The fall transition can be one of the most difficult times of the year to locate and catch bass. After reading through this guide you will have a better understanding of what bass are doing, where they are going and how to catch them.
During the fall bass are chasing bait fish trying to bulk up for the winter. The transition begins when nighttime and morning temperatures start to cool off. This generally takes place over a 1-2 month period between September and October, depeneding where you are in the country.
Fall Transition Periods
- Early Fall – During the late summer, early fall is some of the toughest fishing of the year. August and September are considered by many to be two of the hardest months to fish. During this time bass are constantly moving between many different areas of the water column. They might be suspended, roaming chasing shad, moving to different depths.
- Mid Fall – The mid-fall is when you start to have significant temperature drops, particularly at night. These temperature drops at night will start slowly lowering the water temperature. Water levels will often start slowly dropping during this time too. This will kick off the first noticeable transition. Bass will start being a lot more active up shallow. This is when you can start catching more bass on topwater, spinnerbaits, chatterbaits, and other moving baits. If your lake has a lot of suspended fish you will notice they start coming up to the surface around main lake points and secondary points. In lakes that are clear with 5ft+ of visibility, bass will start to group up deep in really big schools. This is the perfect situation for catching big bags of fish.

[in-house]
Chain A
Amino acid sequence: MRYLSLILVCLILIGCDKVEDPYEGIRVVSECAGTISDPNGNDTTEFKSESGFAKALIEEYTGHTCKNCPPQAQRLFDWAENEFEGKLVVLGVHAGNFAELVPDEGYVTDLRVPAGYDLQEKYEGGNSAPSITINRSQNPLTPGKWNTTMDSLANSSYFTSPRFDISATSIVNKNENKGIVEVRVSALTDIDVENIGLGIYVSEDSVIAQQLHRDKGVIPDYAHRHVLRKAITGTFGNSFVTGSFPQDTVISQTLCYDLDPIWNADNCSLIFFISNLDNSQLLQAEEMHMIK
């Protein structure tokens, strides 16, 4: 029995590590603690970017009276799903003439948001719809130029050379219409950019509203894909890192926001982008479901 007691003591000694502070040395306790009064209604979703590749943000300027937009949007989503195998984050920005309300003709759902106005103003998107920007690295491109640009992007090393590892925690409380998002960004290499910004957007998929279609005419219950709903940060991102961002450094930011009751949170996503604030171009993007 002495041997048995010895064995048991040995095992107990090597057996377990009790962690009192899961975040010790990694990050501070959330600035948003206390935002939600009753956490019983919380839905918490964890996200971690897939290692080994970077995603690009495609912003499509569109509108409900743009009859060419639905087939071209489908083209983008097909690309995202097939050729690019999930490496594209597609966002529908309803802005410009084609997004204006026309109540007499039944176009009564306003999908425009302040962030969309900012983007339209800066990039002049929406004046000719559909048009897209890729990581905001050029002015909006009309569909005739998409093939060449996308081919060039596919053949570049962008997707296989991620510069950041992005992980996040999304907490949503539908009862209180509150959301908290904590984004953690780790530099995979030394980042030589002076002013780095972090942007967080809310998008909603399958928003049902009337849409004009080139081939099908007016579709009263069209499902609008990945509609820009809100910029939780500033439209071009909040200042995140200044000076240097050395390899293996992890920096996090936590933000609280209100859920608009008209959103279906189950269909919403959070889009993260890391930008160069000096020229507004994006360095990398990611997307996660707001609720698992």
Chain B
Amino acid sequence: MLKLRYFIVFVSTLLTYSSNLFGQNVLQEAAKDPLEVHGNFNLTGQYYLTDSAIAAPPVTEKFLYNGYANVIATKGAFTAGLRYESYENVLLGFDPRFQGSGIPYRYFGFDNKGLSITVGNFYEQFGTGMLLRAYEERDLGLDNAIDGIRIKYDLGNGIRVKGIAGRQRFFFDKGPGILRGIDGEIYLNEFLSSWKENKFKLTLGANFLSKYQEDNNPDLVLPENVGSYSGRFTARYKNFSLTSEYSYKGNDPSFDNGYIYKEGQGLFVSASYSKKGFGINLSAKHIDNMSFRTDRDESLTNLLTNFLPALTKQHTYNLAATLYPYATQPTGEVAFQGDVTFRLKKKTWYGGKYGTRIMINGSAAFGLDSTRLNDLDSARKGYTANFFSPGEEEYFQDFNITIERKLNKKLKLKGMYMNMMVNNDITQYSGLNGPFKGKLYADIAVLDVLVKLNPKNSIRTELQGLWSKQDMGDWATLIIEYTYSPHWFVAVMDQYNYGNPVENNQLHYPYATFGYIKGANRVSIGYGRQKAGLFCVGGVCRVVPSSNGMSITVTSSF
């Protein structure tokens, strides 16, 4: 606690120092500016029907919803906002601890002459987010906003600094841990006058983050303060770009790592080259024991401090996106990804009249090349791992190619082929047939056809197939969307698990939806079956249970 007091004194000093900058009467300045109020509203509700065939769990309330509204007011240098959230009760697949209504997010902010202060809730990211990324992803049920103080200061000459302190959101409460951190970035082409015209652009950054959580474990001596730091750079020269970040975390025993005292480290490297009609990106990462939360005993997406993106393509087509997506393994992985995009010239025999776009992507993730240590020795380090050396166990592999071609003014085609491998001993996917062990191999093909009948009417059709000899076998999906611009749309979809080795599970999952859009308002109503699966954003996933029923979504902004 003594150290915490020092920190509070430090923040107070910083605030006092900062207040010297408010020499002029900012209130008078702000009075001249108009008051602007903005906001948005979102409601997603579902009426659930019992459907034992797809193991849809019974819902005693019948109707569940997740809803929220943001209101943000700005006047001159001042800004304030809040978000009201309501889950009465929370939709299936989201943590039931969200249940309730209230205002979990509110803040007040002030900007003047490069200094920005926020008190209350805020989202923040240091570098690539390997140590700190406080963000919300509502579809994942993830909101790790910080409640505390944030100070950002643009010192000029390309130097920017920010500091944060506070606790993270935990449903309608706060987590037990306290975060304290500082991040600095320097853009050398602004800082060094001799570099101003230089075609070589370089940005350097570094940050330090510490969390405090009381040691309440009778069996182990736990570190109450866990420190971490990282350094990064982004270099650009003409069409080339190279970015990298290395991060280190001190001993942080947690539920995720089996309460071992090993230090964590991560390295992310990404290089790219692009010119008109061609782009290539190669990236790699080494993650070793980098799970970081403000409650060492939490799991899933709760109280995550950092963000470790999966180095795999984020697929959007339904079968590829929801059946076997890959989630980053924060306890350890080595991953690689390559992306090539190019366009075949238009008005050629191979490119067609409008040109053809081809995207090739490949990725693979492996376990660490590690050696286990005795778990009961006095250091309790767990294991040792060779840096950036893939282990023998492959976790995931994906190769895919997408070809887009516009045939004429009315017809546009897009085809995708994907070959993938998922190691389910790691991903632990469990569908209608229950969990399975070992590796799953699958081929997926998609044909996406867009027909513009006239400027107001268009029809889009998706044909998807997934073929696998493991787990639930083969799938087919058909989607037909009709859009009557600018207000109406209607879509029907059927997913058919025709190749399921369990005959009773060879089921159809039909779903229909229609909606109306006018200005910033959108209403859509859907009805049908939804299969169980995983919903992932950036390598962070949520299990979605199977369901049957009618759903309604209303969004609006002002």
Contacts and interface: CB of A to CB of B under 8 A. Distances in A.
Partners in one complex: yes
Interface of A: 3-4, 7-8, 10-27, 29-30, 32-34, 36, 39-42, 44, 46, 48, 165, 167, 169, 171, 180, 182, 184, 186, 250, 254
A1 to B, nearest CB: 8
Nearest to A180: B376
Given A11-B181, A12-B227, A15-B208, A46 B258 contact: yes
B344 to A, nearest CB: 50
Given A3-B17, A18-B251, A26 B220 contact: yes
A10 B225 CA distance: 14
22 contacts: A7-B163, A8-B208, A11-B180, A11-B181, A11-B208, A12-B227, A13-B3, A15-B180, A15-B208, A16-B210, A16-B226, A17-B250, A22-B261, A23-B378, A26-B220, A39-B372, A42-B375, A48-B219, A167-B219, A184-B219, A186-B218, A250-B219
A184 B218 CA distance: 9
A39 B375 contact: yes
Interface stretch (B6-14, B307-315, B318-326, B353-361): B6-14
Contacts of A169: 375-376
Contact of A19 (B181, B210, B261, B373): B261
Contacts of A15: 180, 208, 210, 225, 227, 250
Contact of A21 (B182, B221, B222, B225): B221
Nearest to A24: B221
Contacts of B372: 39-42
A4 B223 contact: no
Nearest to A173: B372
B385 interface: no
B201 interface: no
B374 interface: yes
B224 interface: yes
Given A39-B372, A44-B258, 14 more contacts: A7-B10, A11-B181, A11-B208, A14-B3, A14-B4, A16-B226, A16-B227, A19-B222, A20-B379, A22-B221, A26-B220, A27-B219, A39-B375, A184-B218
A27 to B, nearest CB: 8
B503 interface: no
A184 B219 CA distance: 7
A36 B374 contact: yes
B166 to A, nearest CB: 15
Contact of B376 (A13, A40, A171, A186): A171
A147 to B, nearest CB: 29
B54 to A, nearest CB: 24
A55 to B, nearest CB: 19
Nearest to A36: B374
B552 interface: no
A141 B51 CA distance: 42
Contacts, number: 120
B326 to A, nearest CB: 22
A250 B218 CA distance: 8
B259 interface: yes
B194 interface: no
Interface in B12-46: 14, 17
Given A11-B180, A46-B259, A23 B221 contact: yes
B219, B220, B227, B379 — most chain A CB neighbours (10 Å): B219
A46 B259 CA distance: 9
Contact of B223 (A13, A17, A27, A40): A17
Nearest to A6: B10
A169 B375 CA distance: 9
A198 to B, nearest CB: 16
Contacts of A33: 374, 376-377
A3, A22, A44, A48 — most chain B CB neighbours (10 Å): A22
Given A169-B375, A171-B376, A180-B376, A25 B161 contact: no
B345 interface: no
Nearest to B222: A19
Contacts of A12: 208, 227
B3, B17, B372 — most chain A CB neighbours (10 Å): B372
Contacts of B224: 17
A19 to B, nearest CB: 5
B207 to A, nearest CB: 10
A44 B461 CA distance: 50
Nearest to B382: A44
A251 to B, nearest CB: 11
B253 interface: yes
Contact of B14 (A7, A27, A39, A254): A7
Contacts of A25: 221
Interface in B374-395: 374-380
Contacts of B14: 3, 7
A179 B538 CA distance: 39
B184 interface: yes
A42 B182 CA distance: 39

- Late Fall – During the late fall, you will notice a more radical change in water temperature. During late October and November, you will see water temperatures 15 – 20 degrees colder than they were in the early fall. Once you start getting water temperatures in the 50s you should notice an improvement overall fishing. This is when you will have big schools of large bass (3-5lb) move up shallow. They often go in the back of coves.